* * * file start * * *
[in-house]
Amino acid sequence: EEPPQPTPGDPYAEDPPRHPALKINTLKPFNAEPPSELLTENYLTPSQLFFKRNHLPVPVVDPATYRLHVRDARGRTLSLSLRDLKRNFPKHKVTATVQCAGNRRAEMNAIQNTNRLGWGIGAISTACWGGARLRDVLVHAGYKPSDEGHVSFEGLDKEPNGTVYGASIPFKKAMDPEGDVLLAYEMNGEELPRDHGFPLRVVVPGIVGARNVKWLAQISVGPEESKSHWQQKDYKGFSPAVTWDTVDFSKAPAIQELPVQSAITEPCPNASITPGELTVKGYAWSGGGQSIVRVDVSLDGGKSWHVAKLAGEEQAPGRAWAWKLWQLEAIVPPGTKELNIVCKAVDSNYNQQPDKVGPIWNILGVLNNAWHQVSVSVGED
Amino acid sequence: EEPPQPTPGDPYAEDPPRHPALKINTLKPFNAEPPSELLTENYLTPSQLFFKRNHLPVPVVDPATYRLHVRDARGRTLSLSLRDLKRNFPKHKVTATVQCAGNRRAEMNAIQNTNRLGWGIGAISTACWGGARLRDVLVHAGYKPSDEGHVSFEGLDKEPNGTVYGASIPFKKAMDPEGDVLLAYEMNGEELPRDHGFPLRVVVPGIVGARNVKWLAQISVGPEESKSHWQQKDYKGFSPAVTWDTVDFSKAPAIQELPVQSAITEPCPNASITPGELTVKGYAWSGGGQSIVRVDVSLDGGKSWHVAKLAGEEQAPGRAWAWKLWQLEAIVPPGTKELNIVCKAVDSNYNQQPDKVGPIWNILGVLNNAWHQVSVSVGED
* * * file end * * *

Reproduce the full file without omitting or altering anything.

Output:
[in-house]
Amino acid sequence: EEPPQPTPGDPYAEDPPRHPALKINTLKPFNAEPPSELLTENYLTPSQLFFKRNHLPVPVVDPATYRLHVRDARGRTLSLSLRDLKRNFPKHKVTATVQCAGNRRAEMNAIQNTNRLGWGIGAISTACWGGARLRDVLVHAGYKPSDEGHVSFEGLDKEPNGTVYGASIPFKKAMDPEGDVLLAYEMNGEELPRDHGFPLRVVVPGIVGARNVKWLAQISVGPEESKSHWQQKDYKGFSPAVTWDTVDFSKAPAIQELPVQSAITEPCPNASITPGELTVKGYAWSGGGQSIVRVDVSLDGGKSWHVAKLAGEEQAPGRAWAWKLWQLEAIVPPGTKELNIVCKAVDSNYNQQPDKVGPIWNILGVLNNAWHQVSVSVGED
Amino acid sequence: EEPPQPTPGDPYAEDPPRHPALKINTLKPFNAEPPSELLTENYLTPSQLFFKRNHLPVPVVDPATYRLHVRDARGRTLSLSLRDLKRNFPKHKVTATVQCAGNRRAEMNAIQNTNRLGWGIGAISTACWGGARLRDVLVHAGYKPSDEGHVSFEGLDKEPNGTVYGASIPFKKAMDPEGDVLLAYEMNGEELPRDHGFPLRVVVPGIVGARNVKWLAQISVGPEESKSHWQQKDYKGFSPAVTWDTVDFSKAPAIQELPVQSAITEPCPNASITPGELTVKGYAWSGGGQSIVRVDVSLDGGKSWHVAKLAGEEQAPGRAWAWKLWQLEAIVPPGTKELNIVCKAVDSNYNQQPDKVGPIWNILGVLNNAWHQVSVSVGED